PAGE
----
Only 10 out of 37 plans reviewed seem to establish locally defined temperature thresholds and only 11 discuss funding sources, finds the report
A new report by the Centre for Policy Research (CPR) assessed 37 heat action plans (HAPs) across 18 states to understand how well prepared the country is to deal with heatwaves.
HAPs are India’s primary policy response to economically damaging and life threatening heat waves. They prescribe a variety of preparatory activities, disaster responses, and post heatwave response measures across state, district, and city government departments to decrease the impact of heatwaves.
The report found that most HAPs are not built for local context and have an oversimplified view of the hazard, with a general focus on dry extreme heat. Only 10 out of 37 HAPs reviewed seem to establish locally defined temperature thresholds, although it is unclear whether they take local risk multipliers (such as humidity, hot nights, duration of continuous heat among others) into account to declare a heatwave. Hot nights, heatwaves coming earlier, and cascading impacts are unevenly considered across HAPs. Climate projections, which could help identify future planning needs, are not integrated into current HAPs.
37 heat action plans reviewed across India at the city (9), district (13) and state (15) levels across 18 states.
According to the analysis, nearly all HAPs are poor at identifying and targeting vulnerable groups. Only two of 37 HAPs explicitly carry out and present vulnerability assessments (systematic studies to locate where the people most likely to be affected are in a city, district, or state). While most HAPs list broad categories of vulnerable groups (elderly, outdoor workers, pregnant women), the list of solutions they propose do not necessarily focus on these groups.
This means the implementer is left with little data on where to direct their scarce resources and could lead to poor targeting, the report stated. While most HAPs identify broad categories of vulnerable groups, the list of solutions they propose do not necessarily focus on these groups.
The report also found that HAPs are underfunded and have weak legal foundations. Only 11 of 37 HAPs discuss funding sources. Of these, eight asked implementing departments to self-allocate resources, indicating a serious funding constraint. None of the HAPs studied indicate the legal sources of their authority. While this is not necessary for plans, it reduces bureaucratic incentives to comply with HAP instructions, which is significant in the context of understaffed and overburdened implementation agencies tasked with simultaneously implementing several other long-term plans. It also reduces the accountability of implementing agencies, added the report.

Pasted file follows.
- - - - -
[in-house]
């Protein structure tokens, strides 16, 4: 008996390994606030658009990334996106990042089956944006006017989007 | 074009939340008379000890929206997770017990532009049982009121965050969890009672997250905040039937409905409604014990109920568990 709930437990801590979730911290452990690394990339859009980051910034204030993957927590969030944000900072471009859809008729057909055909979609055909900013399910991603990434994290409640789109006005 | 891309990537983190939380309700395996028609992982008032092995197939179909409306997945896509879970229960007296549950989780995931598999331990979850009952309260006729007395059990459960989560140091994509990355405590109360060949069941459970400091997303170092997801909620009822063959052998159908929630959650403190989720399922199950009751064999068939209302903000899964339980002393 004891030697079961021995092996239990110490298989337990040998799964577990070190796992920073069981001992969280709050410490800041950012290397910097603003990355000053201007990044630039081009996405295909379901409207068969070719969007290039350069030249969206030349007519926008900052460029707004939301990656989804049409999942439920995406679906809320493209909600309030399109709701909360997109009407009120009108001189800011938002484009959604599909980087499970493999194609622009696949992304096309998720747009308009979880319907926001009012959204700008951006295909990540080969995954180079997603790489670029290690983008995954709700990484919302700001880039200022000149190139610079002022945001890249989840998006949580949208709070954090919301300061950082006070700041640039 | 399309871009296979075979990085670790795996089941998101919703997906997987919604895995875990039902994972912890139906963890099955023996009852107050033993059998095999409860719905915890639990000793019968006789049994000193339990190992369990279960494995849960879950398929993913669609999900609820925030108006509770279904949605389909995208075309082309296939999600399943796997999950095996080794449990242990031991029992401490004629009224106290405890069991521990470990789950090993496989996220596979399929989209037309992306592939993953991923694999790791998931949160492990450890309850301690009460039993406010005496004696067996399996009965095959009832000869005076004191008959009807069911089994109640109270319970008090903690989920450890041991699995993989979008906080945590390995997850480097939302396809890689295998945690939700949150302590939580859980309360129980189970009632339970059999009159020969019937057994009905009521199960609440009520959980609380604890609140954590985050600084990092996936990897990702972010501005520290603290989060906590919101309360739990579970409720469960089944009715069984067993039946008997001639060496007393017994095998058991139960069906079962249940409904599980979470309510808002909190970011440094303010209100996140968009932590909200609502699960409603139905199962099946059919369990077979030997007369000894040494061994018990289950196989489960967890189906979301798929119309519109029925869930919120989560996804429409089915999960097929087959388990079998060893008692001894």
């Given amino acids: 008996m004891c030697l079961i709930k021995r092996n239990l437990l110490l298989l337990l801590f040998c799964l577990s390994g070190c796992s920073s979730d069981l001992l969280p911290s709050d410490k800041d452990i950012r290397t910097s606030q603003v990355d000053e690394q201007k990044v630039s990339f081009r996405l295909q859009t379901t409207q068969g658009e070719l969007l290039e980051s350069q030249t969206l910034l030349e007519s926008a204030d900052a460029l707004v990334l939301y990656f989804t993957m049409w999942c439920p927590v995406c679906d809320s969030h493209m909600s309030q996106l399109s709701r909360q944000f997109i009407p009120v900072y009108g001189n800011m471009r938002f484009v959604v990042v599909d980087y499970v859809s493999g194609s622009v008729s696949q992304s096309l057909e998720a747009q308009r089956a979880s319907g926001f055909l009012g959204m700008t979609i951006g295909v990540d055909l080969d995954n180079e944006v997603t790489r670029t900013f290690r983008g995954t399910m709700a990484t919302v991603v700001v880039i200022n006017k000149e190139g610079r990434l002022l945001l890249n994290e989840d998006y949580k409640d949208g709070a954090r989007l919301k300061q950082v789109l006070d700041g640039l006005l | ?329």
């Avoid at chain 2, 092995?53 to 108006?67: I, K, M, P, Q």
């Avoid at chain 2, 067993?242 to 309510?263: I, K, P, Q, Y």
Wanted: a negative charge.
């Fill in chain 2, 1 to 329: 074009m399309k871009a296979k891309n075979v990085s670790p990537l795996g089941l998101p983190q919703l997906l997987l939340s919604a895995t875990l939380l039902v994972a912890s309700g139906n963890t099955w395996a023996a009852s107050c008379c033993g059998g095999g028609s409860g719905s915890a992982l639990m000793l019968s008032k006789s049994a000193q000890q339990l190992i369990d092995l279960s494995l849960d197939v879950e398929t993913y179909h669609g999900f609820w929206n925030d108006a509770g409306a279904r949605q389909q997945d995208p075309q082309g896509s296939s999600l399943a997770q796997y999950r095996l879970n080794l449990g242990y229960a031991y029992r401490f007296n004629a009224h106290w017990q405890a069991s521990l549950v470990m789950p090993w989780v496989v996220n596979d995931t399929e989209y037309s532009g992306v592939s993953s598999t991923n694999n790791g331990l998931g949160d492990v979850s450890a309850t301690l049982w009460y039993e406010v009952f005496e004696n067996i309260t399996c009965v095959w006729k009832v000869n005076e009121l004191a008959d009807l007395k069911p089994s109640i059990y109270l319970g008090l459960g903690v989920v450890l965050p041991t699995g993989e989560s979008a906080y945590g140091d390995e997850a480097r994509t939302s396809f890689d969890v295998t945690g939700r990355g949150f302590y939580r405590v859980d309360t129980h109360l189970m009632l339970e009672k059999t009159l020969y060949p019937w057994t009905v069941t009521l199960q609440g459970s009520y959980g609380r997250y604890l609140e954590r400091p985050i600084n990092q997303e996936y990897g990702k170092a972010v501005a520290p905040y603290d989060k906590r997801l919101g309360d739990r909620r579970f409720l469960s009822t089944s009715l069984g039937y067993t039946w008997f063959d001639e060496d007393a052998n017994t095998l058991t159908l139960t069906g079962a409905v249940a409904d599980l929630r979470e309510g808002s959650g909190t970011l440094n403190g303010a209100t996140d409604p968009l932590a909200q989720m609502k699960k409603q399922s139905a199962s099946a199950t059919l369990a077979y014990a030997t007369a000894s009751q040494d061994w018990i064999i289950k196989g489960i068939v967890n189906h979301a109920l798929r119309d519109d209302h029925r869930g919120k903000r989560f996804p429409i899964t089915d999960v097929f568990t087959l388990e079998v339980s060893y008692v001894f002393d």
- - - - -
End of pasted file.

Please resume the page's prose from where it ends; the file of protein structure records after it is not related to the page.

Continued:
Moving on to transparency, the report found that there is no national repository of HAPs and very few HAPs are listed online. It is unclear whether these HAPs are being updated periodically and whether this is based on evaluation data.
The report recommended creating a national repository of HAPs housed in the National Disaster Management Authority (NDMA) and conducting independent, publicly accessible external evaluations of their performance. Greater capacity investment on the capacity of transformative, cross-cutting actors like government departments, civil society, and the local heat research ecosystem is required, added the report. Identifying sources of financing either from new funds or by combining actions with existing national and state policies will be beneficial.
“India has made considerable progress by creating several dozen heat action plans in the last decade. But our assessment reveals several gaps that must be filled in future plans. If we don’t, India will suffer damaging economic losses due to decreasing labour productivity, sudden and frequent disruptions to agriculture (like we saw last year), and unbearably hot cities as heatwaves become more frequent and intense,” said Aditya Valiathan Pillai, associate fellow at CPR and co-author of the report.